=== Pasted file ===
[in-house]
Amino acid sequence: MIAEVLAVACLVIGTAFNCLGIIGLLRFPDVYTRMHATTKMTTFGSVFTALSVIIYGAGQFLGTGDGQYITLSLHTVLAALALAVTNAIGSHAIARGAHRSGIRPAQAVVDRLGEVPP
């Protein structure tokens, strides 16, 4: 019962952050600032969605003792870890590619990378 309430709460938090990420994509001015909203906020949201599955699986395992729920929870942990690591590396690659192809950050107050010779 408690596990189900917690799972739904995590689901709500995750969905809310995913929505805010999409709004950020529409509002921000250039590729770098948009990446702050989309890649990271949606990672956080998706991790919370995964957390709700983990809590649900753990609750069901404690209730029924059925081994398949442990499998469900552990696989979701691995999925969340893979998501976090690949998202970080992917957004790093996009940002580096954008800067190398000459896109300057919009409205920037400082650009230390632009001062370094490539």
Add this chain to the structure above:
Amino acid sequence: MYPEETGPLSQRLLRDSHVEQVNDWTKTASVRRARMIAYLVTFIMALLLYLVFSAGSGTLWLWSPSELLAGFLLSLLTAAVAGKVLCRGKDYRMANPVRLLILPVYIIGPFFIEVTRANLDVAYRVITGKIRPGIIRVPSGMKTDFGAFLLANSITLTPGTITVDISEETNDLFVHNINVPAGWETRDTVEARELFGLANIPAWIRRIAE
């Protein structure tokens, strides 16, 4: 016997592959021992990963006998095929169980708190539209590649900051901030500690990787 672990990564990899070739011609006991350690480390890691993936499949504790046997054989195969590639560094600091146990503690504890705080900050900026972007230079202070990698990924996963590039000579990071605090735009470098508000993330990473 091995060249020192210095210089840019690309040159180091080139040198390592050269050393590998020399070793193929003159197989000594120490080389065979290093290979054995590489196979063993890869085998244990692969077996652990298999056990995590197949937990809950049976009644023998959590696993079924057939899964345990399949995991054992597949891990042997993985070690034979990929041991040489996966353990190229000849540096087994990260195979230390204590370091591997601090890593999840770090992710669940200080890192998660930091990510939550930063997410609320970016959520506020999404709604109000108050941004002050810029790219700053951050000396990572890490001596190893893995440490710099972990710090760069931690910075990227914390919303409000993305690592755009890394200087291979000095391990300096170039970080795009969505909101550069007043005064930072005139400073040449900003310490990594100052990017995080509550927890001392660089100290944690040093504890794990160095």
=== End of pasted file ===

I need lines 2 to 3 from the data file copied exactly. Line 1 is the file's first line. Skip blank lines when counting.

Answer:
Amino acid sequence: MIAEVLAVACLVIGTAFNCLGIIGLLRFPDVYTRMHATTKMTTFGSVFTALSVIIYGAGQFLGTGDGQYITLSLHTVLAALALAVTNAIGSHAIARGAHRSGIRPAQAVVDRLGEVPP
């Protein structure tokens, strides 16, 4: 019962952050600032969605003792870890590619990378 309430709460938090990420994509001015909203906020949201599955699986395992729920929870942990690591590396690659192809950050107050010779 408690596990189900917690799972739904995590689901709500995750969905809310995913929505805010999409709004950020529409509002921000250039590729770098948009990446702050989309890649990271949606990672956080998706991790919370995964957390709700983990809590649900753990609750069901404690209730029924059925081994398949442990499998469900552990696989979701691995999925969340893979998501976090690949998202970080992917957004790093996009940002580096954008800067190398000459896109300057919009409205920037400082650009230390632009001062370094490539």